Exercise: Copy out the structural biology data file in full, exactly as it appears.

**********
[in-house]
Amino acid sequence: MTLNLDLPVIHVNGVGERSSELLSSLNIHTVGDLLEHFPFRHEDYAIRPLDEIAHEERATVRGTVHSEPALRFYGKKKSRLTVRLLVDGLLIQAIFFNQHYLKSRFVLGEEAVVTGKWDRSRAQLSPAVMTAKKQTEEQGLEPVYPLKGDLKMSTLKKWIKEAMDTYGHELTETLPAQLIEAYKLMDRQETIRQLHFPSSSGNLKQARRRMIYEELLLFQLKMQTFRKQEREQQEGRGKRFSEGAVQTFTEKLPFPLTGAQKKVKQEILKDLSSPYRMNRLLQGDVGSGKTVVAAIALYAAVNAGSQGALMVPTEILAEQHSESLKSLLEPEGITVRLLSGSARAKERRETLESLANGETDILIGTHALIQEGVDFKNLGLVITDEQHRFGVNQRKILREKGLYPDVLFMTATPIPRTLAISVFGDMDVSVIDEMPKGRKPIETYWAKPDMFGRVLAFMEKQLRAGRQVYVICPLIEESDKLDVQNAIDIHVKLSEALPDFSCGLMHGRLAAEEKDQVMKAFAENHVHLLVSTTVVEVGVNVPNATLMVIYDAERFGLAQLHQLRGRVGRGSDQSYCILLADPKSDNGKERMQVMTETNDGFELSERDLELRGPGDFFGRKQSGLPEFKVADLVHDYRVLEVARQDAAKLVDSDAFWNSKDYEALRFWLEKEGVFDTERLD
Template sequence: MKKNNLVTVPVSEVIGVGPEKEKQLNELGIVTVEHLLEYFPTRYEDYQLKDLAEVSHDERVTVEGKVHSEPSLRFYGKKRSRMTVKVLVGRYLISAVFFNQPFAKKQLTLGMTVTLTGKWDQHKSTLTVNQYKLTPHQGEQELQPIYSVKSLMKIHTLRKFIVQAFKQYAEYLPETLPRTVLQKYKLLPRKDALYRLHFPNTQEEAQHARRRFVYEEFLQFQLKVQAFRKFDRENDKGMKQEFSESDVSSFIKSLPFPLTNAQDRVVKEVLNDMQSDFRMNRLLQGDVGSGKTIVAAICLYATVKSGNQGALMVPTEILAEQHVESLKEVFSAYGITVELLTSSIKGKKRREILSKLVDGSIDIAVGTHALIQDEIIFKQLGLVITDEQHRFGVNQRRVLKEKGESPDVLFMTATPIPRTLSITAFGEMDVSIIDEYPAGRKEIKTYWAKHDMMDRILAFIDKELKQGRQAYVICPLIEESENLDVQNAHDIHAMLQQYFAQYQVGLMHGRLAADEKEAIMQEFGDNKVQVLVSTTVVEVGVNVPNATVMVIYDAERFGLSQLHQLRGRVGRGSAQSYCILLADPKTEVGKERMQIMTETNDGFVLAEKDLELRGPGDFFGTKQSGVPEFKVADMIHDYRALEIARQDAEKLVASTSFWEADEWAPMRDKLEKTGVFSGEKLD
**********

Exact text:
[in-house]
Amino acid sequence: MTLNLDLPVIHVNGVGERSSELLSSLNIHTVGDLLEHFPFRHEDYAIRPLDEIAHEERATVRGTVHSEPALRFYGKKKSRLTVRLLVDGLLIQAIFFNQHYLKSRFVLGEEAVVTGKWDRSRAQLSPAVMTAKKQTEEQGLEPVYPLKGDLKMSTLKKWIKEAMDTYGHELTETLPAQLIEAYKLMDRQETIRQLHFPSSSGNLKQARRRMIYEELLLFQLKMQTFRKQEREQQEGRGKRFSEGAVQTFTEKLPFPLTGAQKKVKQEILKDLSSPYRMNRLLQGDVGSGKTVVAAIALYAAVNAGSQGALMVPTEILAEQHSESLKSLLEPEGITVRLLSGSARAKERRETLESLANGETDILIGTHALIQEGVDFKNLGLVITDEQHRFGVNQRKILREKGLYPDVLFMTATPIPRTLAISVFGDMDVSVIDEMPKGRKPIETYWAKPDMFGRVLAFMEKQLRAGRQVYVICPLIEESDKLDVQNAIDIHVKLSEALPDFSCGLMHGRLAAEEKDQVMKAFAENHVHLLVSTTVVEVGVNVPNATLMVIYDAERFGLAQLHQLRGRVGRGSDQSYCILLADPKSDNGKERMQVMTETNDGFELSERDLELRGPGDFFGRKQSGLPEFKVADLVHDYRVLEVARQDAAKLVDSDAFWNSKDYEALRFWLEKEGVFDTERLD
Template sequence: MKKNNLVTVPVSEVIGVGPEKEKQLNELGIVTVEHLLEYFPTRYEDYQLKDLAEVSHDERVTVEGKVHSEPSLRFYGKKRSRMTVKVLVGRYLISAVFFNQPFAKKQLTLGMTVTLTGKWDQHKSTLTVNQYKLTPHQGEQELQPIYSVKSLMKIHTLRKFIVQAFKQYAEYLPETLPRTVLQKYKLLPRKDALYRLHFPNTQEEAQHARRRFVYEEFLQFQLKVQAFRKFDRENDKGMKQEFSESDVSSFIKSLPFPLTNAQDRVVKEVLNDMQSDFRMNRLLQGDVGSGKTIVAAICLYATVKSGNQGALMVPTEILAEQHVESLKEVFSAYGITVELLTSSIKGKKRREILSKLVDGSIDIAVGTHALIQDEIIFKQLGLVITDEQHRFGVNQRRVLKEKGESPDVLFMTATPIPRTLSITAFGEMDVSIIDEYPAGRKEIKTYWAKHDMMDRILAFIDKELKQGRQAYVICPLIEESENLDVQNAHDIHAMLQQYFAQYQVGLMHGRLAADEKEAIMQEFGDNKVQVLVSTTVVEVGVNVPNATVMVIYDAERFGLSQLHQLRGRVGRGSAQSYCILLADPKTEVGKERMQIMTETNDGFVLAEKDLELRGPGDFFGTKQSGVPEFKVADMIHDYRALEIARQDAEKLVASTSFWEADEWAPMRDKLEKTGVFSGEKLD